Maximpact Blog

Displaced Syrians Learn via Smartphone Intranet

Never too young to enjoy a smartphone, Hafjin, a three-year-old Syrian refugee, looks at family photos from Syria on her father's phone. 2016 (Photo © Sumaya Agha for Mercy Corps) Posted for media use

Distance learning has become routine for many students during the COVID-19 lockdown, but for thousands of young Syrians living in refugee camps distance learning has been an impossible luxury. Yet, an innovative project established in one camp allows internally displaced schoolchildren to communicate and pursue their education using smartphones – without the need for internet or computers.

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Africa Takes Action Against Plastic Pollution

UNEP's Clean Seas project dhow, Flip-Flopi, clad in plastic made entirely from flip flops found on Kenya's beaches. (Photo courtesy UN Environment Programme) Posted for media use

Kenya’s national government and the country’s 47 lower level county governments are jointly establishing a plastic waste management program – one that could be scaled and replicated across the East African community and beyond. It’s just the latest step in Kenya’s evolving journey from a plastic-strewn country to one of the cleanest in Africa.

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North Sea to Host World’s 1st Offshore Wind Power Hub

At Nysted offshore wind farm in Denmark, the 72 rotors are placed in a parallelogram with eight rows of nine wind turbines each and all spinning clockwise. (Photo by Orsted Energy Group) Posted for media use on Facebook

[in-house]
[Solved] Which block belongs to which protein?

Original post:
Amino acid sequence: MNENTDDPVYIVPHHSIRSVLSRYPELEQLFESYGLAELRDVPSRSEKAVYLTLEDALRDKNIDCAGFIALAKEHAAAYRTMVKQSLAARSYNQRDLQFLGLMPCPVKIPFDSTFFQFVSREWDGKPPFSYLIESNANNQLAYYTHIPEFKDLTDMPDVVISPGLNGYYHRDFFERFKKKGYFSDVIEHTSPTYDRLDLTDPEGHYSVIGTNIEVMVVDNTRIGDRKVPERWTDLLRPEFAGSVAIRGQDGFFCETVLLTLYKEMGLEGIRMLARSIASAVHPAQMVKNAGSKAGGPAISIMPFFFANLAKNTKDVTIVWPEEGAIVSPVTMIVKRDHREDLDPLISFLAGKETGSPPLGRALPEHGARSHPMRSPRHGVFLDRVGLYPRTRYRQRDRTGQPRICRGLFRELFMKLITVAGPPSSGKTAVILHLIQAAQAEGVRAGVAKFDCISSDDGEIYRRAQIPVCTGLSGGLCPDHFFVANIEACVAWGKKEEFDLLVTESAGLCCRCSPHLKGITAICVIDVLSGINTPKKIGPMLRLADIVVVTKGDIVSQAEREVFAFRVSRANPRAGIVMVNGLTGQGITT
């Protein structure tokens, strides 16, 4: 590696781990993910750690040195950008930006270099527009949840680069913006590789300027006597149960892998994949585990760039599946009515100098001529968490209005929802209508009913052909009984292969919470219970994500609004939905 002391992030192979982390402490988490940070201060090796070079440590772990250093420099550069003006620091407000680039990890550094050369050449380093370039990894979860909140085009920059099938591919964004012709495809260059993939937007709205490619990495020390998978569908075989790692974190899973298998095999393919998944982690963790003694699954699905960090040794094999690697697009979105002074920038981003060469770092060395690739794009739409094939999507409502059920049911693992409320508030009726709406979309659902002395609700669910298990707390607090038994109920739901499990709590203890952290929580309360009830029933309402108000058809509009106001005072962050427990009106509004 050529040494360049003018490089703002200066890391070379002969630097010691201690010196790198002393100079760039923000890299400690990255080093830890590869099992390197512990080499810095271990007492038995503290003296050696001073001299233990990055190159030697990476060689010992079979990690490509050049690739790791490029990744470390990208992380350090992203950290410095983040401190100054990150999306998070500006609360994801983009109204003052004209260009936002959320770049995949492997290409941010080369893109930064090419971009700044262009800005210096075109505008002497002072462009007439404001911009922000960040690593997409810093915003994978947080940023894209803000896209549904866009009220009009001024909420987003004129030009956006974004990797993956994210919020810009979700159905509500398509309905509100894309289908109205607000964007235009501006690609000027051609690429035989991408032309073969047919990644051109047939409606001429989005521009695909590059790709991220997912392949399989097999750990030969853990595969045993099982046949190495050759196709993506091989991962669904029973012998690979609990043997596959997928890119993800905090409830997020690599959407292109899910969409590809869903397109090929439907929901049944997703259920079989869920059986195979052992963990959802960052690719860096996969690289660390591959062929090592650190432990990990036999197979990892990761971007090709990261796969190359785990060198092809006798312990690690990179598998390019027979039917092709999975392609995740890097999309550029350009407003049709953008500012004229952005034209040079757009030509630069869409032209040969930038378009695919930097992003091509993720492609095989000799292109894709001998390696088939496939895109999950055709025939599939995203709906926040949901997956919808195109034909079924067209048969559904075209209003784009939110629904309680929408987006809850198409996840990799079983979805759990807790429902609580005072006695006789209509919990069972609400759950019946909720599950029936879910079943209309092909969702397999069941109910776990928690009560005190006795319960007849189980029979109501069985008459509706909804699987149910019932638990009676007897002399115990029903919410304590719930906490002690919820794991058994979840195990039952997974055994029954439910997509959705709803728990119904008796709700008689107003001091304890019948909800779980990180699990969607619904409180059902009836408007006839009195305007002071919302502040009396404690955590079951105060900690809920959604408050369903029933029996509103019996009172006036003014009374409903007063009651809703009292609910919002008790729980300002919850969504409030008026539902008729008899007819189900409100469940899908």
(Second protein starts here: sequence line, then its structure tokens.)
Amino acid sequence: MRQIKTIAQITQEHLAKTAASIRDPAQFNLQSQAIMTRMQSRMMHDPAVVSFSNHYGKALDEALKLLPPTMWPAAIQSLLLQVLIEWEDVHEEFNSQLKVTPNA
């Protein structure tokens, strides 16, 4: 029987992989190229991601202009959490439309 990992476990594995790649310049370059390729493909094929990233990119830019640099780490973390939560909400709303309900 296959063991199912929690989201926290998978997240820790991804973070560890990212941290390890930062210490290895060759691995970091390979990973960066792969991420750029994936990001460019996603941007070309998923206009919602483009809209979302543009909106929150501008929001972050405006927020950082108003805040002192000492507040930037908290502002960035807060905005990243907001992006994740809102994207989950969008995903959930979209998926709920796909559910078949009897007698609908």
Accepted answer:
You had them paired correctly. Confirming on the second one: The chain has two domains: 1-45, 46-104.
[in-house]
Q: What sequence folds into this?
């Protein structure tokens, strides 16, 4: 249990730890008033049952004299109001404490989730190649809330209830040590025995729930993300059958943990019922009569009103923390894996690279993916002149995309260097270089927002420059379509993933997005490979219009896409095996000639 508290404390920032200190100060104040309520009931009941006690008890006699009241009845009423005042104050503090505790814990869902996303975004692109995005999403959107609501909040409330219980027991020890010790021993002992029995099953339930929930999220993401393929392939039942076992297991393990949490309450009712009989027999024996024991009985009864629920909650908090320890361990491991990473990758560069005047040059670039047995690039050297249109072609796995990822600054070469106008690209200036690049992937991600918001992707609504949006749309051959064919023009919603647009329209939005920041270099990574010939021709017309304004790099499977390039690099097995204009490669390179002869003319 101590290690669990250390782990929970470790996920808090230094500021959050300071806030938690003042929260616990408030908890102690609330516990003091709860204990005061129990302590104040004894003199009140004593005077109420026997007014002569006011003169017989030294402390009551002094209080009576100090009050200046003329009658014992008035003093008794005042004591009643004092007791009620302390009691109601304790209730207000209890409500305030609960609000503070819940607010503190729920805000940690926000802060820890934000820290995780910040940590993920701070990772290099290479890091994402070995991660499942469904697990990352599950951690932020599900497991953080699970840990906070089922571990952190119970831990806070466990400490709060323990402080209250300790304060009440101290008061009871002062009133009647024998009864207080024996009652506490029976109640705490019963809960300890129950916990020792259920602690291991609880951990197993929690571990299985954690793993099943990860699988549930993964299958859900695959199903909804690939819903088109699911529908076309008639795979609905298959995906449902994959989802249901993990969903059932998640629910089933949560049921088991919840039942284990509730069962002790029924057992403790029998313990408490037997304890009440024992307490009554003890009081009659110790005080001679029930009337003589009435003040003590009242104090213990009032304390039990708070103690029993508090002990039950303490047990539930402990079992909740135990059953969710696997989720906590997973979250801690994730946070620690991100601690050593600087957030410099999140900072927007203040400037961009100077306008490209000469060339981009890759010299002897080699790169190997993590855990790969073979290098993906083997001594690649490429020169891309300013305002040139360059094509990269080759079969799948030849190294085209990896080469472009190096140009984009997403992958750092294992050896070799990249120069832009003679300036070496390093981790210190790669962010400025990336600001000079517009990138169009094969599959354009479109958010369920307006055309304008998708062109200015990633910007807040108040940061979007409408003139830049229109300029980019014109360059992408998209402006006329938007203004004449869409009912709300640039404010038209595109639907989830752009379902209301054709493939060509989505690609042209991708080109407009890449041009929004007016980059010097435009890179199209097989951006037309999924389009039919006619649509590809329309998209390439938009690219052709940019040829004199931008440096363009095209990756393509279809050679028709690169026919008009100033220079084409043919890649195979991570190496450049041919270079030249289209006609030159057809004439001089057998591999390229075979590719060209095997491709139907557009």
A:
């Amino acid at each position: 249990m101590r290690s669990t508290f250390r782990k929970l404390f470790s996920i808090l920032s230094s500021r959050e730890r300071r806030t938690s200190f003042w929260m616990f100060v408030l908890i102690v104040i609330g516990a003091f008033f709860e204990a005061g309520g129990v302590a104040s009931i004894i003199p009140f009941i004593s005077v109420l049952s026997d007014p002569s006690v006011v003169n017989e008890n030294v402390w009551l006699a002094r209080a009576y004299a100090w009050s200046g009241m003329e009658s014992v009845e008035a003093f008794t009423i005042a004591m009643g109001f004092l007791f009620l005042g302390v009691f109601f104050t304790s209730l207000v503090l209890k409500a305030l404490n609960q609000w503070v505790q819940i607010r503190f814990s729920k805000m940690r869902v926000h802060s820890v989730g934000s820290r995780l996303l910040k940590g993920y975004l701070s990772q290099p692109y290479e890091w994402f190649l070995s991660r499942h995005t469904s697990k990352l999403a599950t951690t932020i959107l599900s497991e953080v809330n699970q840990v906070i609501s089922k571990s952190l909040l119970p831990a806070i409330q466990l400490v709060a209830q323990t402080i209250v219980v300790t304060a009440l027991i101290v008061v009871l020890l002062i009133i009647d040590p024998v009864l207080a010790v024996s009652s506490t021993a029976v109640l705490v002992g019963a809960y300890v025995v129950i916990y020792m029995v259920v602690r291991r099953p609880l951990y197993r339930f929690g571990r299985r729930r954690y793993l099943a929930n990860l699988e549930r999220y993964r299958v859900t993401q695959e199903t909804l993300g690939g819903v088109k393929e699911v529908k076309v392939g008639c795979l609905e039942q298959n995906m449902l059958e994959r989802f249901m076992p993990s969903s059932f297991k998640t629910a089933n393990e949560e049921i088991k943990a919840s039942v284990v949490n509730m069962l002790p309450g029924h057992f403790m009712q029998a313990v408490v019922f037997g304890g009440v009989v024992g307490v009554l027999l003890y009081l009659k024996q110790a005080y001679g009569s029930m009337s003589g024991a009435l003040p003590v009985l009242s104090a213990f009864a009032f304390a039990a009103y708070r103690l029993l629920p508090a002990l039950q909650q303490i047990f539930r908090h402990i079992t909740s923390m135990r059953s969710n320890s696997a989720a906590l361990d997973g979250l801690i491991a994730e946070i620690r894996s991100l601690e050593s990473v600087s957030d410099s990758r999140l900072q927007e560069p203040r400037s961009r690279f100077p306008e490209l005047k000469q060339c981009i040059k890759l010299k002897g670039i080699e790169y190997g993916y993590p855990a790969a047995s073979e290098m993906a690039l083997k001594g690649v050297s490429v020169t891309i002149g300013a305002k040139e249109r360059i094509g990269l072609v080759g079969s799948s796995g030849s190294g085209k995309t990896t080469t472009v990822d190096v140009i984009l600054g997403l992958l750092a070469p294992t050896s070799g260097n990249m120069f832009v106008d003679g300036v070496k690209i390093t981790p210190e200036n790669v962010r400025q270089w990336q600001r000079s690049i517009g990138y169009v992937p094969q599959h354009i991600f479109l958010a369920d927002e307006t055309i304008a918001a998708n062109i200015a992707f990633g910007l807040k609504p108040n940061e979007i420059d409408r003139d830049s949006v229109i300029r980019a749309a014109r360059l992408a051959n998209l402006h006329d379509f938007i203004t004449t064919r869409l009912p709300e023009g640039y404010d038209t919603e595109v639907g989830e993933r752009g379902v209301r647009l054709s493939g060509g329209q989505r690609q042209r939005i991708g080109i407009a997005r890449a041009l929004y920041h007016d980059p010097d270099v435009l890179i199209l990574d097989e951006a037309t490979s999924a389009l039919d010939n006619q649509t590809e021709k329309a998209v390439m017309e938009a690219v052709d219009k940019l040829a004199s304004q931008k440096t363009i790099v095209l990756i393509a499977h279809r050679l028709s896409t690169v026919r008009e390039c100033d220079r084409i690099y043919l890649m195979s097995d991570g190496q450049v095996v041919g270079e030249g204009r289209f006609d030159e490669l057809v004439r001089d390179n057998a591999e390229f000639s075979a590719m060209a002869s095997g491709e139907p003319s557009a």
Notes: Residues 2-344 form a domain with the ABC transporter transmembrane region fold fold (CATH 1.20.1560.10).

Denmark, the EU’s largest oil producer, is taking a giant step towards total reliance on green electricity. A coalition of Danish parties announced this week that they will create the world’s first wind energy hub on a custom-built artificial island in the North Sea. Owned by a public-private partnership, the energy hub will collect electricity from offshore windfarms and distribute it to Danish households and to customer countries on the grid.

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Teachers Discover Empathy Is the ‘Mother of Invention’

A mother shows her 32- month-old boy his first asthma inhaler. This inhaler was not designed by pupils in the Cambridge University study. May 31, 2007 (Photo by Thomas Widmann) Creative Commons license via Flickr

Teaching children in a way that encourages them to empathise with others improves their creativity and can deepen their general engagement with learning, finds new research from the University of Cambridge at two inner London schools with Design and Technology students, ages 13 to 14. Co-author Dr. Helen Demetriou said, “We clearly awakened something in these pupils by encouraging them to think about the thoughts and feelings of others.”

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President Biden Welcomes Refugees, Reversing Trump Policy

An internally displaced Yemeni woman and her daughter look over the capital city of Sana’a, Yemen. August 2017 (Photo by Giles Clarke courtesy UN Office for the Coordination of Humanitarian Affairs) Posted for media use